It takes a compelling story to get a woman who has no interest in sports to sit through a football movie. I've enjoyed the occasional baseball movie, but football seemed too much to bear. To be honest, what I had heard about "Facing the Giants" didn't help. My daughters didn't like it. It was too didactic, too obviously Christian, said the reviews. But somehow, it seemed to resonate with audiences, so, out of curiousity, I decided to make myself sit through this film to see where the magic was. Did Christians just go see this out of loyalty to their faith or rebellion against the Hollywood trash? While I don't see anything wrong with these motives, they're not enough to make a film as popular as "Facing the Giants"was. This film, made by Sherwood Baptist Church in Albany, Georgia, surprised Hollywood.
The story begins with Grant Taylor, a Christian high school football coach, good man who just has his entire world caving in on top of his head; a losing team, meagre finances, a clunker of a car, and nagging home repairs. The only bright spot is his loving wife, Brooke, who doesn't join in the general consensus that her husband can't do nothin' right. Even though one of his failures is his inability to give her the child they both long for. So, what's a man to do?
Is there anyone reading this who hasn't been where this man has been, feeling hopelessly inept at everything that matters in life? Have you, like Grant Taylor, turned to God in surrender at this moment, offering Him your life?
I have, and what touched me about this film, is the Taylor's prayer, "Jesus, even if nothing changes, we love You, and praise You." That's grace under pressure; that's true Christianity. That is what moved me to tears, and got me involved, despite the football theme. People that faithful deserve answers to their prayers. But they're not the only ones praying. There's the man in the wheelchair who cheers on his insecure son, and prays for his success as he tries to turn his soccer kick into a football kick. There's the old man who comes by the school regularly, praying for revival.There's the unassuming school janitor who tells coach Taylor he's been praying for him. These prayer warriors are noticed in this film as they seldom are in real life, they are credited for causing the wave of faith which washes over Shiloh High School. Then there's the charity which Grant's revived faith inspires, as he chides one of his football players to show his father respect, the very man who was conspriring to have Grant replaced as the Eagles' coach.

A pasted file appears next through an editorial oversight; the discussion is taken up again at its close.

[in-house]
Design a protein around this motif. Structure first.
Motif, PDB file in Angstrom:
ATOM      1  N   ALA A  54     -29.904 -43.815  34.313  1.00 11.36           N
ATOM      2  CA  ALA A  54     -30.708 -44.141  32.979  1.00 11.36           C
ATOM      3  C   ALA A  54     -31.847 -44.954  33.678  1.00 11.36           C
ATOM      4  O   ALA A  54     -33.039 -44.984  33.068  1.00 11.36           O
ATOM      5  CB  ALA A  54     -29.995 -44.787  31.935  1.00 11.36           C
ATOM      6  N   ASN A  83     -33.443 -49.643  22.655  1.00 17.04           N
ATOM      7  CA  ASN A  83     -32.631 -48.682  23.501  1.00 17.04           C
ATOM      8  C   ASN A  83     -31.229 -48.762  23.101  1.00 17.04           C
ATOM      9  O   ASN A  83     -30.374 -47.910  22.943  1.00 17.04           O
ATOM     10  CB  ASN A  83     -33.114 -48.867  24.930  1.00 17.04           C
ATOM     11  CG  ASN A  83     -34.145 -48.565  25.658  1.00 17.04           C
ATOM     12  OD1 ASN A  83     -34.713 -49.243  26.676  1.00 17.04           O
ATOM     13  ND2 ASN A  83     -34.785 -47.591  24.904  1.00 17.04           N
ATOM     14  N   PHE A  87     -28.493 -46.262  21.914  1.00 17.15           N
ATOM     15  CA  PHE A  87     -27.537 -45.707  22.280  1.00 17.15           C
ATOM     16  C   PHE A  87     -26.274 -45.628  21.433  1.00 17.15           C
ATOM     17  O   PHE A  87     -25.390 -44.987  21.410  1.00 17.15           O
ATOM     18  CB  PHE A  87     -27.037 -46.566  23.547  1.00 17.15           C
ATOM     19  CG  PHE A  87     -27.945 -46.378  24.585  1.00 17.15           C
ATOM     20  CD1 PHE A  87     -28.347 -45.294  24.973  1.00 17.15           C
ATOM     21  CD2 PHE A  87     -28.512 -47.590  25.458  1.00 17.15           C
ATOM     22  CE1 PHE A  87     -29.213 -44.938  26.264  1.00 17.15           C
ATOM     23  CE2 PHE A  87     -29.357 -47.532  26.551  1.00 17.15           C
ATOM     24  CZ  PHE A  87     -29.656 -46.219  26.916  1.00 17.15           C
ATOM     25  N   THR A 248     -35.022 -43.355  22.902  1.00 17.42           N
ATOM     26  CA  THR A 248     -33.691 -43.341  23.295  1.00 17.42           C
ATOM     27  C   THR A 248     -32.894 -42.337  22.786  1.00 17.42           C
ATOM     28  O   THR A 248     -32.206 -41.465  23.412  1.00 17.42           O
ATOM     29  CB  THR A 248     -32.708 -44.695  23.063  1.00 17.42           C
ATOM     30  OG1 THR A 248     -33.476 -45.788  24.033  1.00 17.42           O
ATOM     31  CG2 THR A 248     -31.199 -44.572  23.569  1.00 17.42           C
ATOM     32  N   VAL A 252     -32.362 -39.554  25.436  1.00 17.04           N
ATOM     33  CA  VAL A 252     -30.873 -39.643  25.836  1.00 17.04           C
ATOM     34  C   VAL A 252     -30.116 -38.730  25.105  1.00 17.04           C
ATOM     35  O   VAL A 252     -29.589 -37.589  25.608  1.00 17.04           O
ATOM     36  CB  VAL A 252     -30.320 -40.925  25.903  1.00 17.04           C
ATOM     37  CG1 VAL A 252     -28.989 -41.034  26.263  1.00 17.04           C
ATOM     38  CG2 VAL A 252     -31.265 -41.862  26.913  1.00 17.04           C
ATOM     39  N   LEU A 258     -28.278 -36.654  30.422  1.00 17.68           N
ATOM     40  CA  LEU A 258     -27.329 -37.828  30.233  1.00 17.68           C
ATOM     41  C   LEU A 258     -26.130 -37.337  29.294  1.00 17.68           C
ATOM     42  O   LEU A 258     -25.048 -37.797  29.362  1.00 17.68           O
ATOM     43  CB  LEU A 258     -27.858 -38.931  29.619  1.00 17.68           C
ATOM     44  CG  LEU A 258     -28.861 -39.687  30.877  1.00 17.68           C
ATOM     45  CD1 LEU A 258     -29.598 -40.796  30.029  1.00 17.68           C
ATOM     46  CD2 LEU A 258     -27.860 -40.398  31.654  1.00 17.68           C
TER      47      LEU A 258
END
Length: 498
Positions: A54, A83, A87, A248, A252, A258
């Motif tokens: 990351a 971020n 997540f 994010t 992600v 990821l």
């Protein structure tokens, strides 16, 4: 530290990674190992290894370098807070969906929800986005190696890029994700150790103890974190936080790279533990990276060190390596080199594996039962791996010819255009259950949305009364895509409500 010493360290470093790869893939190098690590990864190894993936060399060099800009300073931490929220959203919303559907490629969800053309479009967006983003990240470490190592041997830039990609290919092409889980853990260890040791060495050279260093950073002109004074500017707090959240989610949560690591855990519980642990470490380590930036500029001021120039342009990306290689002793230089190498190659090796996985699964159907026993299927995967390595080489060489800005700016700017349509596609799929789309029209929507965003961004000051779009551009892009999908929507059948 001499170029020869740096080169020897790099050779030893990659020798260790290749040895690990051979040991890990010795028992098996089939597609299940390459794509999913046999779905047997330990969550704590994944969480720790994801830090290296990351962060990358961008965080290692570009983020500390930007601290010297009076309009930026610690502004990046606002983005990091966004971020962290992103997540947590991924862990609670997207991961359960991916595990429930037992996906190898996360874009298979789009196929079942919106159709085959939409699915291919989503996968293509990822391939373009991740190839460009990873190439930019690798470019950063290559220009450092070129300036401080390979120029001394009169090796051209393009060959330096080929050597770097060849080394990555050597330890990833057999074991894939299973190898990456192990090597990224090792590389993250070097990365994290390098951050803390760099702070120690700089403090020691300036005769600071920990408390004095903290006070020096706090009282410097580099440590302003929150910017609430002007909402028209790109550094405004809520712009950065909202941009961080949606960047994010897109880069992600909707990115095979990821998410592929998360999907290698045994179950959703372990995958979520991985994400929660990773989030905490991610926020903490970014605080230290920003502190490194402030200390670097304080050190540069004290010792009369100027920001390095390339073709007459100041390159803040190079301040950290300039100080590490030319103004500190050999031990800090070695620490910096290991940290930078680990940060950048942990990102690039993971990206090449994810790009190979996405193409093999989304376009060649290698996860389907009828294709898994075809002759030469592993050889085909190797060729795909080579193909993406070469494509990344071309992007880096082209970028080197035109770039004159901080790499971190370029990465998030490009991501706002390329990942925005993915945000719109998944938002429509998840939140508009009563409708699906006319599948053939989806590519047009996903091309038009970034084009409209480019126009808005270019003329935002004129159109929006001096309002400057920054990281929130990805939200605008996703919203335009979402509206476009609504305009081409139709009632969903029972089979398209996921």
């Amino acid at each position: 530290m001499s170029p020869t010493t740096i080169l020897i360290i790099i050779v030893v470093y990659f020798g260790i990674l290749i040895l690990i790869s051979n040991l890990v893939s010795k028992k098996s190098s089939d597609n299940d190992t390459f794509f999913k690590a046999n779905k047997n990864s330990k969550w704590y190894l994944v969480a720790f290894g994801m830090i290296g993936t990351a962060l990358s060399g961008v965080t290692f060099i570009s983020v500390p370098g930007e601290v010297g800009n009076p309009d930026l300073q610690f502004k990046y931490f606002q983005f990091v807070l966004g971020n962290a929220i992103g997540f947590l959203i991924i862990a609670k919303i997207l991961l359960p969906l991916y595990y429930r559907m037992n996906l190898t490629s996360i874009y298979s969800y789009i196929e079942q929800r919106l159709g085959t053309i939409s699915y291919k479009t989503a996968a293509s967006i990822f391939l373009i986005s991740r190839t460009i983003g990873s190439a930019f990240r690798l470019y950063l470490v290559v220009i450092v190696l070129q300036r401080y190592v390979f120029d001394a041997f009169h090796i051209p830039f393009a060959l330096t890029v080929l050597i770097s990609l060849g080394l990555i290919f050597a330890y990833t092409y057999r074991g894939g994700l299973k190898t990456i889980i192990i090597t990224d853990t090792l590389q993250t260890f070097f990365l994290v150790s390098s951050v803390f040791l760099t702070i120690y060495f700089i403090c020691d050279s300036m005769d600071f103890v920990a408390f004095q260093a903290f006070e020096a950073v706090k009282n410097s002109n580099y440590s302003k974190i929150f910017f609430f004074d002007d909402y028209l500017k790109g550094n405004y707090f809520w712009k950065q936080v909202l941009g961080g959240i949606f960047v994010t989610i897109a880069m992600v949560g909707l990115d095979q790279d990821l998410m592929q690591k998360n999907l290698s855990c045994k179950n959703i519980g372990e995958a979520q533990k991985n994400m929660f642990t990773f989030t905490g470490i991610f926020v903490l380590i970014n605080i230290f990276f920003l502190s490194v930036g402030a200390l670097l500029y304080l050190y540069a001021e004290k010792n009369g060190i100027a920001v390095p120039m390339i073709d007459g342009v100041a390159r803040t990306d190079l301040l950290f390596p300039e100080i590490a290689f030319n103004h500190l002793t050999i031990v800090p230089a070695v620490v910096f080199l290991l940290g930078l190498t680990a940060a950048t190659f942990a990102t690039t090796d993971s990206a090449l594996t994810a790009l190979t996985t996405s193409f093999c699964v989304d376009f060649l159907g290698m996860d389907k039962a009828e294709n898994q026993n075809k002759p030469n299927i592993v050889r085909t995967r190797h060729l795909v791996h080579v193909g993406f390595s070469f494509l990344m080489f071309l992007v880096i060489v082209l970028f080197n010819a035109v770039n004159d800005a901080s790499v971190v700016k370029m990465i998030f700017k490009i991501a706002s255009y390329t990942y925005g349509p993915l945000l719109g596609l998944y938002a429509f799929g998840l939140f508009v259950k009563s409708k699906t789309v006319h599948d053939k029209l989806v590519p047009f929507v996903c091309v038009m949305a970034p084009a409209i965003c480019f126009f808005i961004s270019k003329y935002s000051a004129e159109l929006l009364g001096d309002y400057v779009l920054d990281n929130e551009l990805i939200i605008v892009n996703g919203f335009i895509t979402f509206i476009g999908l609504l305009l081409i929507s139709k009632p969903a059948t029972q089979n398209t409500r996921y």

This film teaches a solid, inspiring lesson about faith, that it isn't really faith till the chips are down, and you love God for Who He is, not for what He does for you. And courage isn't courage, unless you overcome that queasy feeling in your stomach, and face your fears head on.
There's precious little strength of character shown in films today. Characters prey upon one another, engage in meaningless relationships, and lose hope. Hollywood is dominated by so many films are pointless, cheerless wastes of time, that one can't help cheering for the Eagles as they face the Giants. So what if we can guess how it ends.
The only danger in films like"Facing the Giants" is that sometimes, the good people pray, and pray, and pray, and nothing changes. We have all experienced that, and it's as real as the positive outcome the Christians in this movie experience. We'll save that theme for another, deeper film. Enjoy this movie for what it is: a parable in a football medium. And what's a good football movie without cheering?
Reccomended for all ages. Including those who don't understand football. There is something here beyond football which is worth watching.